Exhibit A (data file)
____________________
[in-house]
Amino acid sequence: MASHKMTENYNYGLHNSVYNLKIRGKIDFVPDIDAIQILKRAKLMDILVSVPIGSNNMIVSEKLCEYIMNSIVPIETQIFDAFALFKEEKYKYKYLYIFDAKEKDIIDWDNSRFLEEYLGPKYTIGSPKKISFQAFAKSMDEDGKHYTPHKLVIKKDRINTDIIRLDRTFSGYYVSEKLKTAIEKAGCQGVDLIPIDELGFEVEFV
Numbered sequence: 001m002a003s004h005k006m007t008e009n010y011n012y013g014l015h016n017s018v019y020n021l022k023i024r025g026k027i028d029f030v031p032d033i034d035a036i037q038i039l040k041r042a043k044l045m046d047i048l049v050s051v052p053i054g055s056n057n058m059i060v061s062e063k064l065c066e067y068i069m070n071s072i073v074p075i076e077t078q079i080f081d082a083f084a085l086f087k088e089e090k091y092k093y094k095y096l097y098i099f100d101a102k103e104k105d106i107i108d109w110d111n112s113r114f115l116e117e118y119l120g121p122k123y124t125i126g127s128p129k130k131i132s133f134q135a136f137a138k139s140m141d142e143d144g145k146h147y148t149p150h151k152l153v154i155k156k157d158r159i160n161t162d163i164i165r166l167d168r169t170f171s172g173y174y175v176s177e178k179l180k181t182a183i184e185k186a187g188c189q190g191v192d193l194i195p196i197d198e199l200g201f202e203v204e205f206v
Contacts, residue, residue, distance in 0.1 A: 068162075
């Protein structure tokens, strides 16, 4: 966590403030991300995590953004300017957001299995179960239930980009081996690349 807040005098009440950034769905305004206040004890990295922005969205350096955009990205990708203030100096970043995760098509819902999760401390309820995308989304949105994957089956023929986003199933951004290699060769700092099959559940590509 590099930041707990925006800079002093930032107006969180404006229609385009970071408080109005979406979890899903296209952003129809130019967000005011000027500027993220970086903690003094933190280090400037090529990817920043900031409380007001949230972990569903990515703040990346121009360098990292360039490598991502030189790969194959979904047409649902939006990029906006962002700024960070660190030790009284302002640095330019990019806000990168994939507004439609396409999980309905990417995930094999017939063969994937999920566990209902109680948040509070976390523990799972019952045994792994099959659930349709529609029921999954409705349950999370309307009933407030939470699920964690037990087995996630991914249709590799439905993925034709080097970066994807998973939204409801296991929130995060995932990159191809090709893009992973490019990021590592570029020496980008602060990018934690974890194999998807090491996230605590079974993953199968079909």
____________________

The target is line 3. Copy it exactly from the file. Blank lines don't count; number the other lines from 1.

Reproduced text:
Numbered sequence: 001m002a003s004h005k006m007t008e009n010y011n012y013g014l015h016n017s018v019y020n021l022k023i024r025g026k027i028d029f030v031p032d033i034d035a036i037q038i039l040k041r042a043k044l045m046d047i048l049v050s051v052p053i054g055s056n057n058m059i060v061s062e063k064l065c066e067y068i069m070n071s072i073v074p075i076e077t078q079i080f081d082a083f084a085l086f087k088e089e090k091y092k093y094k095y096l097y098i099f100d101a102k103e104k105d106i107i108d109w110d111n112s113r114f115l116e117e118y119l120g121p122k123y124t125i126g127s128p129k130k131i132s133f134q135a136f137a138k139s140m141d142e143d144g145k146h147y148t149p150h151k152l153v154i155k156k157d158r159i160n161t162d163i164i165r166l167d168r169t170f171s172g173y174y175v176s177e178k179l180k181t182a183i184e185k186a187g188c189q190g191v192d193l194i195p196i197d198e199l200g201f202e203v204e205f206v